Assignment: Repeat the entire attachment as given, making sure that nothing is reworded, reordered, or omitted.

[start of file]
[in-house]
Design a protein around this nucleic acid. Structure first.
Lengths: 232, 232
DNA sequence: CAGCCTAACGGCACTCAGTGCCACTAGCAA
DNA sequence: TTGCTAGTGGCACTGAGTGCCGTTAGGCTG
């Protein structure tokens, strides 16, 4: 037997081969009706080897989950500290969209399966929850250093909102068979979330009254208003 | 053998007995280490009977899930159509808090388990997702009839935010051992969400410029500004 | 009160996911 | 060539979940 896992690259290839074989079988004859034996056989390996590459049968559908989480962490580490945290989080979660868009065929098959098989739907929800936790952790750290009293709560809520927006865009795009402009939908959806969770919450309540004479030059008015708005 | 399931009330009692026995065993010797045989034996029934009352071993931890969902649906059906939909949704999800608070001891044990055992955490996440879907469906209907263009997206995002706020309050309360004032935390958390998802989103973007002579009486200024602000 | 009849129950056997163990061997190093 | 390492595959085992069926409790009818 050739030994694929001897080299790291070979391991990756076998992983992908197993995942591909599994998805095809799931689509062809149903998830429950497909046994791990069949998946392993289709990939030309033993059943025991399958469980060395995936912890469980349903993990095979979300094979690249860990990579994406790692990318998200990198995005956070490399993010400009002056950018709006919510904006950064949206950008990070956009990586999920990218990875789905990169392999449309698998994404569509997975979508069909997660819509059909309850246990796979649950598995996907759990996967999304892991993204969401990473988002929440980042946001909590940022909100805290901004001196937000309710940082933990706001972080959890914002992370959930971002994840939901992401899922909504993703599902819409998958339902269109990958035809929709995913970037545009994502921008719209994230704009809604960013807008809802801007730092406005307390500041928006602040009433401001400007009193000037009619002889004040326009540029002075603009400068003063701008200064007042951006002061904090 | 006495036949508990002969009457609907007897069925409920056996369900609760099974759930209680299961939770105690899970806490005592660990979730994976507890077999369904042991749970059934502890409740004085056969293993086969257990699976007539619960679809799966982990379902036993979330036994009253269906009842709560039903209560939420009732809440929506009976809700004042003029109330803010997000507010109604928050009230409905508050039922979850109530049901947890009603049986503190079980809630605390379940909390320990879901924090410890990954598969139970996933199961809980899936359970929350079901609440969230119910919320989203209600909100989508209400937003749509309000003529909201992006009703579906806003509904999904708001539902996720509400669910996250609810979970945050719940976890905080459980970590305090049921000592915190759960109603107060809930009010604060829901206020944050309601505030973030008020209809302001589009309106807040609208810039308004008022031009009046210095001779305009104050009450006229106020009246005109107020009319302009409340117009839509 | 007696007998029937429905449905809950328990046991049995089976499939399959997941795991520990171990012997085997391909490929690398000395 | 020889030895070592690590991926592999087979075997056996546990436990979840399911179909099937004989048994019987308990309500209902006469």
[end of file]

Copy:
[in-house]
Design a protein around this nucleic acid. Structure first.
Lengths: 232, 232
DNA sequence: CAGCCTAACGGCACTCAGTGCCACTAGCAA
DNA sequence: TTGCTAGTGGCACTGAGTGCCGTTAGGCTG
């Protein structure tokens, strides 16, 4: 037997081969009706080897989950500290969209399966929850250093909102068979979330009254208003 | 053998007995280490009977899930159509808090388990997702009839935010051992969400410029500004 | 009160996911 | 060539979940 896992690259290839074989079988004859034996056989390996590459049968559908989480962490580490945290989080979660868009065929098959098989739907929800936790952790750290009293709560809520927006865009795009402009939908959806969770919450309540004479030059008015708005 | 399931009330009692026995065993010797045989034996029934009352071993931890969902649906059906939909949704999800608070001891044990055992955490996440879907469906209907263009997206995002706020309050309360004032935390958390998802989103973007002579009486200024602000 | 009849129950056997163990061997190093 | 390492595959085992069926409790009818 050739030994694929001897080299790291070979391991990756076998992983992908197993995942591909599994998805095809799931689509062809149903998830429950497909046994791990069949998946392993289709990939030309033993059943025991399958469980060395995936912890469980349903993990095979979300094979690249860990990579994406790692990318998200990198995005956070490399993010400009002056950018709006919510904006950064949206950008990070956009990586999920990218990875789905990169392999449309698998994404569509997975979508069909997660819509059909309850246990796979649950598995996907759990996967999304892991993204969401990473988002929440980042946001909590940022909100805290901004001196937000309710940082933990706001972080959890914002992370959930971002994840939901992401899922909504993703599902819409998958339902269109990958035809929709995913970037545009994502921008719209994230704009809604960013807008809802801007730092406005307390500041928006602040009433401001400007009193000037009619002889004040326009540029002075603009400068003063701008200064007042951006002061904090 | 006495036949508990002969009457609907007897069925409920056996369900609760099974759930209680299961939770105690899970806490005592660990979730994976507890077999369904042991749970059934502890409740004085056969293993086969257990699976007539619960679809799966982990379902036993979330036994009253269906009842709560039903209560939420009732809440929506009976809700004042003029109330803010997000507010109604928050009230409905508050039922979850109530049901947890009603049986503190079980809630605390379940909390320990879901924090410890990954598969139970996933199961809980899936359970929350079901609440969230119910919320989203209600909100989508209400937003749509309000003529909201992006009703579906806003509904999904708001539902996720509400669910996250609810979970945050719940976890905080459980970590305090049921000592915190759960109603107060809930009010604060829901206020944050309601505030973030008020209809302001589009309106807040609208810039308004008022031009009046210095001779305009104050009450006229106020009246005109107020009319302009409340117009839509 | 007696007998029937429905449905809950328990046991049995089976499939399959997941795991520990171990012997085997391909490929690398000395 | 020889030895070592690590991926592999087979075997056996546990436990979840399911179909099937004989048994019987308990309500209902006469």